She has traveled to Tallahassee with others to lobby the State of Florida for a new online organ donor registry, and that registry is slated for launch on July 28, 2009.  Recently she was appointed to the UNOS (United Network for Organ Sharing) Patient Affairs Committee, serving as an advocate for patients and their families.  Who knows how many lives will have been saved as a result of her tireless efforts to crusade for organ donation?  What would you have done, if handed the same scenario? 

While you ponder that question, meet Tammy Brown.  This Jacksonville mother was enjoying the all-American life: a handsome, loving husband and two healthy sons.  The tight-knit family of four spent their days bonding together, even working alongside one another in the family business.  One morning, seemingly just like any other, Tammy’s world imploded.  Traveling to a job site in two separate vehicles, her oldest son Larry at the wheel of the car traveling close behind, her son’s auto was suddenly involved in a violent accident.  Her husband was the first to reach the burning vehicle, but it was too late.  One moment the family was sharing breakfast and talking about the workday ahead, the next minute, just like that…Larry was gone.



Like Kim McMahon, Tammy Brown is a resilient mother who became motivated.  As she grieved for her son, she realized that other parents thrust into similar situations, particularly mothers, had to endure the same kind of pain and emptiness she felt.  Though she never fancied herself as a writer, she began to jot down her feelings.  The more she wrote about Larry, the accident, the Brown family’s life afterward, and her innermost feelings, the more therapeutic her words became.  Eventually she mustered the courage to start blogging publicly in the hopes that she might comfort other moms who suffer the loss of their children.  Titling her work as “A Mother’s Journey Forward,” Tammy’s words of encouragement began appearing on Jacksonville.com and the newspaper.  Her writing is heartfelt, inspiring, and provides a true glimpse of a woman’s determination to “pick up the pieces and keep moving forward” after a tragedy.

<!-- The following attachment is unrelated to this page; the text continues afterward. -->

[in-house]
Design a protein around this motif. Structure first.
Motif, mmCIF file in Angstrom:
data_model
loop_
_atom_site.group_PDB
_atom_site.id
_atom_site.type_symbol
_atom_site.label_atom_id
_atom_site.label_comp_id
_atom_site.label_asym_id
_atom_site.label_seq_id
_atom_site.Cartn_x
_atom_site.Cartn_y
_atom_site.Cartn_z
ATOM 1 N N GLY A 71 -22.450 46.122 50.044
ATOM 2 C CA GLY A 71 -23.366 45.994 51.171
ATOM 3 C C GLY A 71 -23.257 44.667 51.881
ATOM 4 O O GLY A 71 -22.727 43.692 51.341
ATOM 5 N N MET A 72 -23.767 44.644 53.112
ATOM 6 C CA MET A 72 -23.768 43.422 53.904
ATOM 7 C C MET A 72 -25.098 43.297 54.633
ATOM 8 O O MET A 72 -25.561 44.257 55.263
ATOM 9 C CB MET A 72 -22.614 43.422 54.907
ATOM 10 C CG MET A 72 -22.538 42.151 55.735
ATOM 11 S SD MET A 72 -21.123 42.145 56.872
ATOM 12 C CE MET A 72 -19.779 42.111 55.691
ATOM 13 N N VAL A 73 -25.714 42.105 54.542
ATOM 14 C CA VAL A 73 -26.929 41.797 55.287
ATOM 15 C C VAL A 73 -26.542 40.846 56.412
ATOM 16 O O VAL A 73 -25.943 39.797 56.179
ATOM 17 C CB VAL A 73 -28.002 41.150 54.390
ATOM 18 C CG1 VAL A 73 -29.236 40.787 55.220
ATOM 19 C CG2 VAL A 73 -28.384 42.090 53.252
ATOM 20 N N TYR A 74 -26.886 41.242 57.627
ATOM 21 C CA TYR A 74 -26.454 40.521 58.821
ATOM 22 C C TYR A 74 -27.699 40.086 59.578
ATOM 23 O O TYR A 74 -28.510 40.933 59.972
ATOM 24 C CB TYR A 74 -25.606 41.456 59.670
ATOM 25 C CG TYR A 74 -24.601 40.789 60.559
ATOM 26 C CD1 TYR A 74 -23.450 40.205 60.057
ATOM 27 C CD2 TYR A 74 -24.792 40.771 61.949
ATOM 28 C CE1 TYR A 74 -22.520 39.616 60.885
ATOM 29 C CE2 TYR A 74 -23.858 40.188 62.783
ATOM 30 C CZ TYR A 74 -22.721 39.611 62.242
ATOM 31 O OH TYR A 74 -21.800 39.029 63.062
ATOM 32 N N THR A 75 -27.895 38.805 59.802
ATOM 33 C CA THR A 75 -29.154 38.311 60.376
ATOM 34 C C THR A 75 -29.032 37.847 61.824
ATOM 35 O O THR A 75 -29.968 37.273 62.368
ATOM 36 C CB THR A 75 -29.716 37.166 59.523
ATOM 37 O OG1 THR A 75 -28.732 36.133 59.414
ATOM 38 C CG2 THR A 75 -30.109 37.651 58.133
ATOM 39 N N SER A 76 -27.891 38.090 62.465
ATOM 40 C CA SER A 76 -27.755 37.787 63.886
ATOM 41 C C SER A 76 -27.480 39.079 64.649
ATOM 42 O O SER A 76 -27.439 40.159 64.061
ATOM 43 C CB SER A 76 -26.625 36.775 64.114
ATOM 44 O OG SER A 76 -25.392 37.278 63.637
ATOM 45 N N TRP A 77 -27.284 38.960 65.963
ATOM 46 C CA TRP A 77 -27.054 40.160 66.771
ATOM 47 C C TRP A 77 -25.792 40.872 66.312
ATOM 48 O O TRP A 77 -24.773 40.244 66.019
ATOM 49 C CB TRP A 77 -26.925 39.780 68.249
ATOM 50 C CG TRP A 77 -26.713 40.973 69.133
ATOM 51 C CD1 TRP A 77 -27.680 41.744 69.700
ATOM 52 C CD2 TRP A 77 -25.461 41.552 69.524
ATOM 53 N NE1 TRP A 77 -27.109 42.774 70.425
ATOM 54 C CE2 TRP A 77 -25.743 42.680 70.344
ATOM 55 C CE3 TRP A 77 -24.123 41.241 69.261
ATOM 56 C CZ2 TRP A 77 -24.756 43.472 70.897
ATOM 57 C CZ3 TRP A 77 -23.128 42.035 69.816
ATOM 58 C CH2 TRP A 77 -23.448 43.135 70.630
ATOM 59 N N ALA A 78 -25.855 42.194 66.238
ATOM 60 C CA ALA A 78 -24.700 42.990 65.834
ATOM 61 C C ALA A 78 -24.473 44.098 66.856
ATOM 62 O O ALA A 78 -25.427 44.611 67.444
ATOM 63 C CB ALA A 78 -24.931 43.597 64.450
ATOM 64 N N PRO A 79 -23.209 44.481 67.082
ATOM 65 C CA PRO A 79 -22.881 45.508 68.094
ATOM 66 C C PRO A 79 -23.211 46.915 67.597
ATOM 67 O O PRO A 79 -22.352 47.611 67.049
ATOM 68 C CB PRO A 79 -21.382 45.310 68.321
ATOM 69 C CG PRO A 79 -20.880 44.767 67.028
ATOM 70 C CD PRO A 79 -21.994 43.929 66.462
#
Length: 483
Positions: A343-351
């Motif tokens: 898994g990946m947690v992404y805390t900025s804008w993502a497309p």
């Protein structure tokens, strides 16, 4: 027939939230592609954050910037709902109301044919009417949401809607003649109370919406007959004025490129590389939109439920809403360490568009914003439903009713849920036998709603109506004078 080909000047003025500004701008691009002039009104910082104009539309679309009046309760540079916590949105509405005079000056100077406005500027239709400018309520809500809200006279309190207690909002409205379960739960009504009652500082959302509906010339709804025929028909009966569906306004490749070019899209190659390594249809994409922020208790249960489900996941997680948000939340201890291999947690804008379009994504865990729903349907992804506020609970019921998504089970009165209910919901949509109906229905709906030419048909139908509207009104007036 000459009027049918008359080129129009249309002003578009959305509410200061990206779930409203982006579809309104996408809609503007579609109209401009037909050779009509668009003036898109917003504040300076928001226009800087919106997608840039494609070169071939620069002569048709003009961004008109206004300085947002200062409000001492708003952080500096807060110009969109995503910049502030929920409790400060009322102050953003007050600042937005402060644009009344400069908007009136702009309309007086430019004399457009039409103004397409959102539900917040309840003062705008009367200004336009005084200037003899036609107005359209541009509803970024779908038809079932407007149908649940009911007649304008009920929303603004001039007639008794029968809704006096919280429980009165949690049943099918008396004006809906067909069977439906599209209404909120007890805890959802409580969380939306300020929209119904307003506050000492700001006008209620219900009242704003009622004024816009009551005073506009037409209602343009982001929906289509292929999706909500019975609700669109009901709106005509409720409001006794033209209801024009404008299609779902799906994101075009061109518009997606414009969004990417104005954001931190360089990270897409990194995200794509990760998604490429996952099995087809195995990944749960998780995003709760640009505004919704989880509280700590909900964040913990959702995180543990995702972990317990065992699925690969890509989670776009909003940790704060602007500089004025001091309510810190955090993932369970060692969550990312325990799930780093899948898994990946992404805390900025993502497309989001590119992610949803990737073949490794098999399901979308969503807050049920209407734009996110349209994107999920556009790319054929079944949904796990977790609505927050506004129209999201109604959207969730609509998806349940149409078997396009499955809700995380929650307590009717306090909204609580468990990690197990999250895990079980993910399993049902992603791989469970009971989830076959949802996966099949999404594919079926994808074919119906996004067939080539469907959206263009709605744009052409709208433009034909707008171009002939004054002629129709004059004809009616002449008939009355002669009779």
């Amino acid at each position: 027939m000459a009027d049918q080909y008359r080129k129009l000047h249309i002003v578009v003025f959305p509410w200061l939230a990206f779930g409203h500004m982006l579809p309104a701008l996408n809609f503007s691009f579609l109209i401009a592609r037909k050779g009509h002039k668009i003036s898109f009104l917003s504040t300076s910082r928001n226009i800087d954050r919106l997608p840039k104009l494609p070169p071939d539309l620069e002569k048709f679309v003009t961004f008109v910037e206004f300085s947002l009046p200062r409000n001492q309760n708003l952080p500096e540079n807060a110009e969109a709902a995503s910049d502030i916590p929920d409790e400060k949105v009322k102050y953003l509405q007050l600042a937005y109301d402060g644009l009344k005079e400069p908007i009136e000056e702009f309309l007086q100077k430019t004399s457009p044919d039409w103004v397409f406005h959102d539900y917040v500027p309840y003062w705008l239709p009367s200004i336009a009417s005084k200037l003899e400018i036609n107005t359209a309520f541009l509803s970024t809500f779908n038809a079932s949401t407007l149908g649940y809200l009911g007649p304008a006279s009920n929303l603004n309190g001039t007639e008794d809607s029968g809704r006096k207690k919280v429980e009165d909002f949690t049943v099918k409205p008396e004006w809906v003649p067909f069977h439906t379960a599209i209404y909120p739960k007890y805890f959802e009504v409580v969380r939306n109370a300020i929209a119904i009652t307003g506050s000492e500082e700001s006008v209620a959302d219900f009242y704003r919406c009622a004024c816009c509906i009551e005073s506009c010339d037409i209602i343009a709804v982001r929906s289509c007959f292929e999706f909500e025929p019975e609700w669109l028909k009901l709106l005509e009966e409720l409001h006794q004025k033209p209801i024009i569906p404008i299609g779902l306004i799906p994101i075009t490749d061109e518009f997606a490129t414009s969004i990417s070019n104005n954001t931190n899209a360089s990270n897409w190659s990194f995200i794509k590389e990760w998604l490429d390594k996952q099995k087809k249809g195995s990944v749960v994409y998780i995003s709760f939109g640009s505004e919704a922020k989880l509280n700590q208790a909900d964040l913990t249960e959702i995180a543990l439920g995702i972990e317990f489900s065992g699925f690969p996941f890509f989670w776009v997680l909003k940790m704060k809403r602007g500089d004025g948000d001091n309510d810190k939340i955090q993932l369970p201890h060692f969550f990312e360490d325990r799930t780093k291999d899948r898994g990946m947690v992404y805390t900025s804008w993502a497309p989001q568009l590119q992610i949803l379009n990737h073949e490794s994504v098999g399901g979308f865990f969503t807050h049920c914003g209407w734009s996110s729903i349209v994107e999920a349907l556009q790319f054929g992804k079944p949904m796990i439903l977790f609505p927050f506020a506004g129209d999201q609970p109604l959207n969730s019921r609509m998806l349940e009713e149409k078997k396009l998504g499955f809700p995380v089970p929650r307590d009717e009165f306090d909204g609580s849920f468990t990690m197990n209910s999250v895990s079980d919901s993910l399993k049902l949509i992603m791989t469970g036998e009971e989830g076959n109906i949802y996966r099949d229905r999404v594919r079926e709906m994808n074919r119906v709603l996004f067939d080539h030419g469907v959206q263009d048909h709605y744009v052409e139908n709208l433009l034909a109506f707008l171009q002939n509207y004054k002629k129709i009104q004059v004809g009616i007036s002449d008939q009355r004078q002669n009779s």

If you’ve read Tammy’s work, you cannot help but to be inspired, and perhaps comforted if you’re faced with a similar battle.  Make no mistake – she takes her writing very seriously.  She even joined the Jacksonville Freelance Writers Group to meet other writers and help hone each others’ work.  She has determined that her son’s death will not be the last chapter written in his life’s story. 

So if you think you’ve got it rough with the economy or other personal battles chipping away at you, think about these two courageous moms who came out fighting hard after life had sucker-punched them.  Whatever you’re dealing with, whatever challenges you face – stop and catch your breath…think about Kim McMahon and Tammy Brown…and prepare to take charge of your situation.  How will you turn the negative into a positive?  It’s not up to anyone else – just you.  Life awaits your response.

 

 

 

  

May 14, 2009 
ISLAND NEWSGULF BREEZE NEWS
 Paddle Out for a purpose
Event encourages organ donations
BY LISA NEWELL Gulf Breeze News lisa@gulfbreezenews.com